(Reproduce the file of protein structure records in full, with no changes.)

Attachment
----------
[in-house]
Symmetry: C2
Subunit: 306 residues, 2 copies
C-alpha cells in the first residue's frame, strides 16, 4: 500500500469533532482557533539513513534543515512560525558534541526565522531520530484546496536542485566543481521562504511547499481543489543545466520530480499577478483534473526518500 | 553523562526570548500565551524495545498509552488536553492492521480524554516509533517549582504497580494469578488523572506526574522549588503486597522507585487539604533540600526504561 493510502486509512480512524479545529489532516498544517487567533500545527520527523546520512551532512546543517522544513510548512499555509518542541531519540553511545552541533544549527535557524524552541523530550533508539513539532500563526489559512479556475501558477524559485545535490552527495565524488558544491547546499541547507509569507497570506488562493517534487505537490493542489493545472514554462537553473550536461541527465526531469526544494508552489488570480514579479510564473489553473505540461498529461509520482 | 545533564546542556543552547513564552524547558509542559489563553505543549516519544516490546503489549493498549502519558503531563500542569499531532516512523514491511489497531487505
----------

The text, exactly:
[in-house]
Symmetry: C2
Subunit: 306 residues, 2 copies
C-alpha cells in the first residue's frame, strides 16, 4: 500500500469533532482557533539513513534543515512560525558534541526565522531520530484546496536542485566543481521562504511547499481543489543545466520530480499577478483534473526518500 | 553523562526570548500565551524495545498509552488536553492492521480524554516509533517549582504497580494469578488523572506526574522549588503486597522507585487539604533540600526504561 493510502486509512480512524479545529489532516498544517487567533500545527520527523546520512551532512546543517522544513510548512499555509518542541531519540553511545552541533544549527535557524524552541523530550533508539513539532500563526489559512479556475501558477524559485545535490552527495565524488558544491547546499541547507509569507497570506488562493517534487505537490493542489493545472514554462537553473550536461541527465526531469526544494508552489488570480514579479510564473489553473505540461498529461509520482 | 545533564546542556543552547513564552524547558509542559489563553505543549516519544516490546503489549493498549502519558503531563500542569499531532516512523514491511489497531487505